Author Topic: Cato's Grammar Grumble  (Read 555676 times)

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Dr. Dread

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Re: Cato's Grammar Grumble
« Reply #220 on: February 20, 2009, 08:22:13 AM »

karlhenning

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Re: Cato's Grammar Grumble
« Reply #221 on: February 20, 2009, 08:24:18 AM »
Can izz not!

Offline Florestan

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Re: Cato's Grammar Grumble
« Reply #222 on: February 20, 2009, 08:27:53 AM »
Hah!  Must have translated literally. 

No, he said it in Romanian (noi impreuna cu mine, literally us together with me) and in our language it's a ridiculous pleonasm, since us already implies me. :)

More true quotes from Romanian soccer players:

I didn't weep but I had tears flowing from my eyes.

A man is a human being.

It's all the fault of max-media

(After a match lost 1-3): Had we not received three goals, we could have won the match.

 :)

"Beauty must appeal to the senses, must provide us with immediate enjoyment, must impress us or insinuate itself into us without any effort on our part."
 --- Claude Debussy

karlhenning

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Re: Cato's Grammar Grumble
« Reply #223 on: February 20, 2009, 08:28:56 AM »
Oops, Andrei8)

Offline DavidRoss

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Re: Cato's Grammar Grumble
« Reply #224 on: February 20, 2009, 08:30:50 AM »
"...in order to form a more perfect union..."

If something is perfect, how can it be "more perfect" ?   :o

What were the "Framers of the Constitution" thinking here?  Is it a mistake?
I've always read that as a simpler way of saying "in order to form a union more closely resembling the standard of perfection that we cannot articulate clearly, nor whose particulars we may define to the satisfaction of all, but which we generally have little problem recognizing when we see it."  ;D
"Maybe the problem most of you have ... is that you're not listening to Barbirolli." ~Sarge

"The problem with socialism is that sooner or later you run out of other people's money." ~Margaret Thatcher

sul G

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Re: Cato's Grammar Grumble
« Reply #225 on: February 20, 2009, 08:39:38 AM »
Footballers, eh? These courtesy of QI:

Well, Clive, it's all about the two Ms - movement and positioning.

He dribbles a lot and the opposition don't like it - you can see it all over their faces.

Goalkeepers aren't born today until they're in their late twenties or early thirties.

The Germans only have one player under 22, and he's 23.

If someone in the crowd spits at you, you just have to swallow it.

I wouldn't be surprised if this game went all the way to the finish.

We didn't underestimate them - they were just a lot better than we thought.

He's started anticipating what's going to happen before it's even happened.

If I had a blank piece of paper there'd be five names on it.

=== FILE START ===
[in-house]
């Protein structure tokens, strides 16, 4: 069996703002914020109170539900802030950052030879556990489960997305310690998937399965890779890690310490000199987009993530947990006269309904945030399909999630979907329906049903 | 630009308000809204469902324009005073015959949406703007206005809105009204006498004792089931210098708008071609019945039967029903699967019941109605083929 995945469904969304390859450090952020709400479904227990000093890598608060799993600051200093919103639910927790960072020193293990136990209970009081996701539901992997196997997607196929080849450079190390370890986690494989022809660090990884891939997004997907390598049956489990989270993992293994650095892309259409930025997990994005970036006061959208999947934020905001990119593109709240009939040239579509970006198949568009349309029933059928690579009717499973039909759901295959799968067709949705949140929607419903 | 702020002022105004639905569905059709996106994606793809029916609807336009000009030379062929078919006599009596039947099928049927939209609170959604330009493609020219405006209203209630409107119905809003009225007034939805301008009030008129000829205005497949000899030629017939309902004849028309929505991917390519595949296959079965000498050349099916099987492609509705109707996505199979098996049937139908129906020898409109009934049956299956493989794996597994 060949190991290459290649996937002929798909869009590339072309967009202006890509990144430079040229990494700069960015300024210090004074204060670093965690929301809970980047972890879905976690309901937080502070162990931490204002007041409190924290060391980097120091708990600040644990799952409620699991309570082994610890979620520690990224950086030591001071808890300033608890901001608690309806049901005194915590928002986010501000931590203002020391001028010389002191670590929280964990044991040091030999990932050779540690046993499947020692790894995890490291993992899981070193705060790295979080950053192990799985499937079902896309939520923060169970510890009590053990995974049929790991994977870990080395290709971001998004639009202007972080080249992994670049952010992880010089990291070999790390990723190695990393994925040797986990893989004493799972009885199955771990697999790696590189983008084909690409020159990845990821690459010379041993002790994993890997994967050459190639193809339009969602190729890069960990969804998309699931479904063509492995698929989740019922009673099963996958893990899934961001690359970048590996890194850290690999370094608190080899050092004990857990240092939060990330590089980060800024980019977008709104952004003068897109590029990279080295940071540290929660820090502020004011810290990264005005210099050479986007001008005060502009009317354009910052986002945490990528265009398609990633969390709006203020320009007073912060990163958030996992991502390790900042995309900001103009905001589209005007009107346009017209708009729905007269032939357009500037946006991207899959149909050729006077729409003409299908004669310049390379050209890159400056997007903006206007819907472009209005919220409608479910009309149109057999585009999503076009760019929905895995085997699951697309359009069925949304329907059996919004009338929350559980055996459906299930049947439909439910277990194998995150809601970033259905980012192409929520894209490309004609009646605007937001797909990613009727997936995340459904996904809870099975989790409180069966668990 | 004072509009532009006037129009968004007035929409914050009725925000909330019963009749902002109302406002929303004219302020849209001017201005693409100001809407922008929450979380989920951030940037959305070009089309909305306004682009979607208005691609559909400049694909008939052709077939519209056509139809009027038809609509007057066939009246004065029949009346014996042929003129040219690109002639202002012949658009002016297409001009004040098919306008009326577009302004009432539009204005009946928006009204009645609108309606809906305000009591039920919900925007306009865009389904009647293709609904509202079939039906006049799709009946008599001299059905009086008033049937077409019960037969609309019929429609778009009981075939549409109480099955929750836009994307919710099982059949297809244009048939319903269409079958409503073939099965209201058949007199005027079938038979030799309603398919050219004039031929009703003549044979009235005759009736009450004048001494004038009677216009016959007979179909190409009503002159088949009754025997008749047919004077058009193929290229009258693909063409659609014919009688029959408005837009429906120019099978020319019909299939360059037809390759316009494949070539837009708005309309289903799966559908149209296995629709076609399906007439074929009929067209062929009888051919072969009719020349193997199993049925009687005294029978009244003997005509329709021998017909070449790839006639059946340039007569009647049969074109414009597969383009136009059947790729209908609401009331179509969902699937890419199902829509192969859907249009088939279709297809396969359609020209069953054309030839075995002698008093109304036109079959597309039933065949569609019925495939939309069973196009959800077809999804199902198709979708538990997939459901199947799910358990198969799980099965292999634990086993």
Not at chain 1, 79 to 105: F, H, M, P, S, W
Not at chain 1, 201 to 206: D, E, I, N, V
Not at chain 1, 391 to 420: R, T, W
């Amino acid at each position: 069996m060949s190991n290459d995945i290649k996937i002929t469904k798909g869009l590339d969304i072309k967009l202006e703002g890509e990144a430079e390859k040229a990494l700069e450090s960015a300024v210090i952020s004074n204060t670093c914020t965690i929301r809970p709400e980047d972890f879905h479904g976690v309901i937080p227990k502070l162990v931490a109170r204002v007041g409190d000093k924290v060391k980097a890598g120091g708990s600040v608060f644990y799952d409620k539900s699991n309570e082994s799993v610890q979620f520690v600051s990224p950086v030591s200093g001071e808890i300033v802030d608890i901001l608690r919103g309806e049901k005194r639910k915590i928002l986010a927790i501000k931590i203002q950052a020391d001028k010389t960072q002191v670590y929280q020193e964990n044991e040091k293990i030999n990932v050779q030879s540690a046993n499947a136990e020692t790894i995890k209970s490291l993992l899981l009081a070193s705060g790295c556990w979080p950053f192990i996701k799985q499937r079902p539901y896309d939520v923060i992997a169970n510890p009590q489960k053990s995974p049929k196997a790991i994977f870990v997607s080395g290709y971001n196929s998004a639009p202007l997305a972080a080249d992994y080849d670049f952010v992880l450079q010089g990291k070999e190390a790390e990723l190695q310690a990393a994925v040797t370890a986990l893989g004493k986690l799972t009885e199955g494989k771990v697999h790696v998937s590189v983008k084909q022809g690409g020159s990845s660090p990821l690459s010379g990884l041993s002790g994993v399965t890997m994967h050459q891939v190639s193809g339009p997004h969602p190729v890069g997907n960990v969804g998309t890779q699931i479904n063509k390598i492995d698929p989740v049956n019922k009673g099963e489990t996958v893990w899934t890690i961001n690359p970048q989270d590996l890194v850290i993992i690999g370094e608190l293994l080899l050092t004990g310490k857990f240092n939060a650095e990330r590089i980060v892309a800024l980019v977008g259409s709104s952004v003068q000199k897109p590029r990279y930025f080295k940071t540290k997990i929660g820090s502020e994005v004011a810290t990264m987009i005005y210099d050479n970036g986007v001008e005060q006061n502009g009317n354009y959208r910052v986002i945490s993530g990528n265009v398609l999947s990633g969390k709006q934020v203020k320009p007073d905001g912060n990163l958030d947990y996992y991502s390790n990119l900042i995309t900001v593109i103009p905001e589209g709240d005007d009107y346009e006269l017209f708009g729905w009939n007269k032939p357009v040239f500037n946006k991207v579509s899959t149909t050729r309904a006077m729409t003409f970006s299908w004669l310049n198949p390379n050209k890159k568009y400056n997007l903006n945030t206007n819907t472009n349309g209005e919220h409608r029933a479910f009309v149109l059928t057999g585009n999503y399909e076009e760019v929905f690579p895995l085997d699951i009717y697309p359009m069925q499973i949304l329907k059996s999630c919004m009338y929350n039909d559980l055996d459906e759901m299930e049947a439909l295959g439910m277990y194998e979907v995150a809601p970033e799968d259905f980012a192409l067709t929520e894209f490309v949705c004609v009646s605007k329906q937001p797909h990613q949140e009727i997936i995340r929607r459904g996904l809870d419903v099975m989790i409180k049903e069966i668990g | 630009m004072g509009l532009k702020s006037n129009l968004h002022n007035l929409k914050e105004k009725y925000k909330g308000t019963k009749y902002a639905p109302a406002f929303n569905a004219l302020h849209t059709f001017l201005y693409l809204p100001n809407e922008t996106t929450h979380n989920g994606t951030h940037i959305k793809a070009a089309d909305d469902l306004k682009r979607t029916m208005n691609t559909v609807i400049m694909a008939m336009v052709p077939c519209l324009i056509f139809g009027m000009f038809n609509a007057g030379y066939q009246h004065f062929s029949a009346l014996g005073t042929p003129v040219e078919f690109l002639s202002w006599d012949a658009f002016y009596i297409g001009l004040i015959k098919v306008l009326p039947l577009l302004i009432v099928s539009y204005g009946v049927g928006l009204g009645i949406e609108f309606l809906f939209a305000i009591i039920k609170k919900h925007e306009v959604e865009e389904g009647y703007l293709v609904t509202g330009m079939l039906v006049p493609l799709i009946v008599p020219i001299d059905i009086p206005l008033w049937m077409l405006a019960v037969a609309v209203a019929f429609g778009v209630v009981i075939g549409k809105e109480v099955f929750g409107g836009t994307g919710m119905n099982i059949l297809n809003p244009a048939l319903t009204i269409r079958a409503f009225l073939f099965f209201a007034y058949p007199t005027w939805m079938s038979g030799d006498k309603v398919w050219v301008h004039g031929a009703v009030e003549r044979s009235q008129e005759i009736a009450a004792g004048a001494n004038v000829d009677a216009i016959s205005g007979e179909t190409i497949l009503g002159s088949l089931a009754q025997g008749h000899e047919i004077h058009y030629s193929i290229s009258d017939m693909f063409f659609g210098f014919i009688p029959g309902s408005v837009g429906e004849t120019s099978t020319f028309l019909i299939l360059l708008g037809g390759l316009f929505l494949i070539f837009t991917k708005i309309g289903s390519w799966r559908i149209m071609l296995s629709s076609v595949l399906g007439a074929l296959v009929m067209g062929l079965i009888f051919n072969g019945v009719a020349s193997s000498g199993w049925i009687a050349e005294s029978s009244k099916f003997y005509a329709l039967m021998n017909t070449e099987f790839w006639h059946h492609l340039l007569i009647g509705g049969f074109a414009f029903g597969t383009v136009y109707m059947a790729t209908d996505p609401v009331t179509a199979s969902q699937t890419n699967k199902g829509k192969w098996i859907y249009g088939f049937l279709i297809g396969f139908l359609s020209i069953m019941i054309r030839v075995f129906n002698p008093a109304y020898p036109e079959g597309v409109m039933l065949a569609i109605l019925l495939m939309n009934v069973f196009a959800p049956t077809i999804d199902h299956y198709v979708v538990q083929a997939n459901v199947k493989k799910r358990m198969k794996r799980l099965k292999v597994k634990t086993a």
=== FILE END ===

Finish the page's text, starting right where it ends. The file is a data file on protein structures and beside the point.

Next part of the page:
I don't think there's anyone bigger or smaller than Maradona.

I never make predictions and I never will.

Aston Villa are seventh in the league. That's almost as high as you can get without being one of the top six..

Chile have three options: they could win or they could lose.

Don't ask me what a typical Brazilian is because I don't know what a typical Brazilian is. But Romario was a typical Brazilian.

We don't want our players to be monks. We want them to be better football players because a monk doesn't play football at this level.

We must have had 99% of the match. It was the other 3% that cost us.

You're on your own out there with ten mates.

and so on - there's more where that came from. Worth pointing out that Kevin Keegan is responsible for many more than his fair share of these.

Offline Florestan

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Re: Cato's Grammar Grumble
« Reply #226 on: February 20, 2009, 08:43:46 AM »
 :)

A late Romanian maverick politician: My destiny has been marked by fate.
"Beauty must appeal to the senses, must provide us with immediate enjoyment, must impress us or insinuate itself into us without any effort on our part."
 --- Claude Debussy

Offline Cato

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Re: Cato's Grammar Grumble
« Reply #227 on: February 20, 2009, 09:02:14 AM »
:)

A late Romanian maverick politician: My destiny has been marked by fate.

And not by grammar!

Concerning the overuse of "I" as a prepositional object: I believe this stems from people again trying to sound more educated, and of course they end up being wrong.

"Just between you and I..."   BZZZZZZZZZZZZZZZZZZZZ!  10,000 VOLTS!   >:D

"Just between you and me..."

Visiting the haunts of the illiterati, I often hear e.g. "Me 'n' him went dow' there las' night..."

"He and I" is apparently too much to hope for in such cases!   :o

And then you have the mangling of verbs in broad daylight: "They must've went there last night." BZZZZZZZZZZZZZZZZZZZZZZZ! 10,000 VOLTS!   >:D

"They must have gone there last night!"   $:)
"Meet Miss Ruth Sherwood, from Columbus, Ohio, the Middle of the Universe!"

- Brian Aherne introducing Rosalind Russell in  My Sister Eileen (1942)

Dr. Dread